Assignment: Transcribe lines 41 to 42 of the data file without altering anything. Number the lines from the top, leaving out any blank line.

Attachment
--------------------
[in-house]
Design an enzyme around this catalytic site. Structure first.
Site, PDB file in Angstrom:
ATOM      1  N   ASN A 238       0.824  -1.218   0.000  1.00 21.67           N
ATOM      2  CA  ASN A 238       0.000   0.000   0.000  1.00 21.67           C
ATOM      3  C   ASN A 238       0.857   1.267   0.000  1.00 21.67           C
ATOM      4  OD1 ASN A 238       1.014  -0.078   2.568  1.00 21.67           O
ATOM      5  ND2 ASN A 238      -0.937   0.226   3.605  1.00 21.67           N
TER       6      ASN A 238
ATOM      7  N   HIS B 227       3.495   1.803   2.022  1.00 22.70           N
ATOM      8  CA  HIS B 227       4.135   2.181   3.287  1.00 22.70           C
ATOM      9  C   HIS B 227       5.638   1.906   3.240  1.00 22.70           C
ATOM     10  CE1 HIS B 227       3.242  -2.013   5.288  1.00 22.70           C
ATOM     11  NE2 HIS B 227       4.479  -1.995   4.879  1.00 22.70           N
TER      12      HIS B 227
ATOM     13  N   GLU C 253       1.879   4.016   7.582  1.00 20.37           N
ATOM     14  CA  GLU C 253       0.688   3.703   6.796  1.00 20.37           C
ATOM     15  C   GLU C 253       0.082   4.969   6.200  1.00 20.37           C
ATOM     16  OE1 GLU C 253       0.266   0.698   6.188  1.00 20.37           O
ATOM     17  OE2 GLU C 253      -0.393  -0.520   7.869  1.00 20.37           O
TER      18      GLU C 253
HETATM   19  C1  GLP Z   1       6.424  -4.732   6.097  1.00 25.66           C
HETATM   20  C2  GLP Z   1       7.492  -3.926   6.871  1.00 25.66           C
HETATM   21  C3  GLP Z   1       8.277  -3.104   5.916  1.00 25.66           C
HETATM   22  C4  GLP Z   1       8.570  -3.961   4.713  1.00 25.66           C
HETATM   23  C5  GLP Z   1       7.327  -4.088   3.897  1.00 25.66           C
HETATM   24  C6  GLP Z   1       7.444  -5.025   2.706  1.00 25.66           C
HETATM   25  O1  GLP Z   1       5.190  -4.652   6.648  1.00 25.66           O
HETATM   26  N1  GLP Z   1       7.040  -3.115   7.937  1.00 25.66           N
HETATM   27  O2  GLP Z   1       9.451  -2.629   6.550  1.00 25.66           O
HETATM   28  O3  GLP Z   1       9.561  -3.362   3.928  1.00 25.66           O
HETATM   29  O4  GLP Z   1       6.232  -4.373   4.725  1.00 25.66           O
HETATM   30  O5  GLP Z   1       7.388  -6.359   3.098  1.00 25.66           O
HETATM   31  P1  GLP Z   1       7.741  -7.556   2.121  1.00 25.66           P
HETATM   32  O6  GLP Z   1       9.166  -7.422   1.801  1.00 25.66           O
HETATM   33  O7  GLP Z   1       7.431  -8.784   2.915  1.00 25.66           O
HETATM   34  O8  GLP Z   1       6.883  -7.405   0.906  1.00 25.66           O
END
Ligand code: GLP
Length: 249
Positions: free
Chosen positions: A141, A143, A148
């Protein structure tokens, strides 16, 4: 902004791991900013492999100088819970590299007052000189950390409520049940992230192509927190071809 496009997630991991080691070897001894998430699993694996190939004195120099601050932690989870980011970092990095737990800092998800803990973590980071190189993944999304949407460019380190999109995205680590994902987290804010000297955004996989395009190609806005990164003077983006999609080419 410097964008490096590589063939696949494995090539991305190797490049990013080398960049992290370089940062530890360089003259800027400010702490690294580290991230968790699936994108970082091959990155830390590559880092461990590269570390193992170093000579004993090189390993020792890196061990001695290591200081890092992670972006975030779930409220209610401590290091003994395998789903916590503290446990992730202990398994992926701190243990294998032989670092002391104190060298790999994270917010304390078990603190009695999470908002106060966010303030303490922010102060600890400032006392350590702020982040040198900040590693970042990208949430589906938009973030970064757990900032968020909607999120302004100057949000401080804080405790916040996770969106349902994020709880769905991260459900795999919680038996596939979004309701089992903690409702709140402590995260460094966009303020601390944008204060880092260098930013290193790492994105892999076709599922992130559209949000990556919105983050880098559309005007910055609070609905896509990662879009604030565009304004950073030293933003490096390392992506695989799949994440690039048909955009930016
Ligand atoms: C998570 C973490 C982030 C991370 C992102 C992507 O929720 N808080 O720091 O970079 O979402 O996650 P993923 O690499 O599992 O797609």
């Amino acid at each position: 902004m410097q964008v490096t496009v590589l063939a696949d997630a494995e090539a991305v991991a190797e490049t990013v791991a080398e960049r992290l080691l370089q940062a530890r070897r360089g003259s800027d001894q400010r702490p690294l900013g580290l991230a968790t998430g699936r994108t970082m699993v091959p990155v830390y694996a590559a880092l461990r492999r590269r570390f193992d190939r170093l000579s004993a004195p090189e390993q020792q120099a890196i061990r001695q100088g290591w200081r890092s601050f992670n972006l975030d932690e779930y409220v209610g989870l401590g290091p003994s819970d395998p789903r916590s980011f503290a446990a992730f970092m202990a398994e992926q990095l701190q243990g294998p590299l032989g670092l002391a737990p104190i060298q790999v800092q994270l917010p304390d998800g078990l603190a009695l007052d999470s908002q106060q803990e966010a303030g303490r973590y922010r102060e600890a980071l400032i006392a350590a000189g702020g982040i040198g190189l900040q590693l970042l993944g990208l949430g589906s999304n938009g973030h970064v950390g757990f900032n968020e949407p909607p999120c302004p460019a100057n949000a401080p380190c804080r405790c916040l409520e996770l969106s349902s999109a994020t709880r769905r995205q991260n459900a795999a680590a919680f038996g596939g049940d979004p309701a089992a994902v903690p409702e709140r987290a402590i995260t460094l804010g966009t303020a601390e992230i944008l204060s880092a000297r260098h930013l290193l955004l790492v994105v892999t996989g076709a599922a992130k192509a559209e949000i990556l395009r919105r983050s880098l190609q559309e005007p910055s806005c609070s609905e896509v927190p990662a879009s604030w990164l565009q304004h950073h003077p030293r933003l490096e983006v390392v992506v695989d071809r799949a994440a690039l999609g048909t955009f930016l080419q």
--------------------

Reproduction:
Positions: free
Chosen positions: A141, A143, A148